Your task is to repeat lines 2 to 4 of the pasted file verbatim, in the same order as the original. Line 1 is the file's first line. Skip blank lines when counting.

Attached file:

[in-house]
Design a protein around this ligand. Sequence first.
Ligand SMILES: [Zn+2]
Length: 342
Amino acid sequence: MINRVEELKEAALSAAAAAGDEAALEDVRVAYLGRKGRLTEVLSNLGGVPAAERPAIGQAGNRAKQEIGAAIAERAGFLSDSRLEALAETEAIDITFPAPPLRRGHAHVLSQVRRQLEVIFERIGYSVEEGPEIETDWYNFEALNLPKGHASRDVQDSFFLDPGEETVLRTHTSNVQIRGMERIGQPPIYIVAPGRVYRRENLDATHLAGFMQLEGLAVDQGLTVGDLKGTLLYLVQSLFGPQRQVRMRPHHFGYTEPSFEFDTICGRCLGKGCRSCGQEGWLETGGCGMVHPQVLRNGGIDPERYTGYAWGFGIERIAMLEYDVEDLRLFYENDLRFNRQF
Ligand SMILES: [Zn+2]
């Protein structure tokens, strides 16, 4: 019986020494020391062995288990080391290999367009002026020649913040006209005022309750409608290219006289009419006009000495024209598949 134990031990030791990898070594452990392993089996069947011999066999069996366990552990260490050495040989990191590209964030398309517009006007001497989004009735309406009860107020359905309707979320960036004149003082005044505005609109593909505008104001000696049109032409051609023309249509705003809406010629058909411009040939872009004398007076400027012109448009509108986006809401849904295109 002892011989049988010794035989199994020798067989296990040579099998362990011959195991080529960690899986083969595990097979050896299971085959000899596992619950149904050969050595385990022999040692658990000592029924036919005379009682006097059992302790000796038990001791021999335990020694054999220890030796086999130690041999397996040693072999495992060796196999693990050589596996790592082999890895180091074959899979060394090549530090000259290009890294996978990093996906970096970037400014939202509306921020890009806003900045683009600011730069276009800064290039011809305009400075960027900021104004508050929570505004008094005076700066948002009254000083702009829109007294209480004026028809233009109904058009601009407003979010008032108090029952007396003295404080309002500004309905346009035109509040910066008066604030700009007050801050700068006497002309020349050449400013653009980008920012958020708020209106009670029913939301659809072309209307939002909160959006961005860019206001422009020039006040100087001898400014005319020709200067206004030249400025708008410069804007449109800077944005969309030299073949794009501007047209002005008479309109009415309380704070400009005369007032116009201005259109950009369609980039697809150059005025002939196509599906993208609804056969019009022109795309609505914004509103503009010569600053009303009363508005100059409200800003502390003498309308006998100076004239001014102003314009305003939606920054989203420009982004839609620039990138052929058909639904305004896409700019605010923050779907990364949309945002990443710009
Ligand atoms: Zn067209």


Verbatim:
Design a protein around this ligand. Sequence first.
Ligand SMILES: [Zn+2]
Length: 342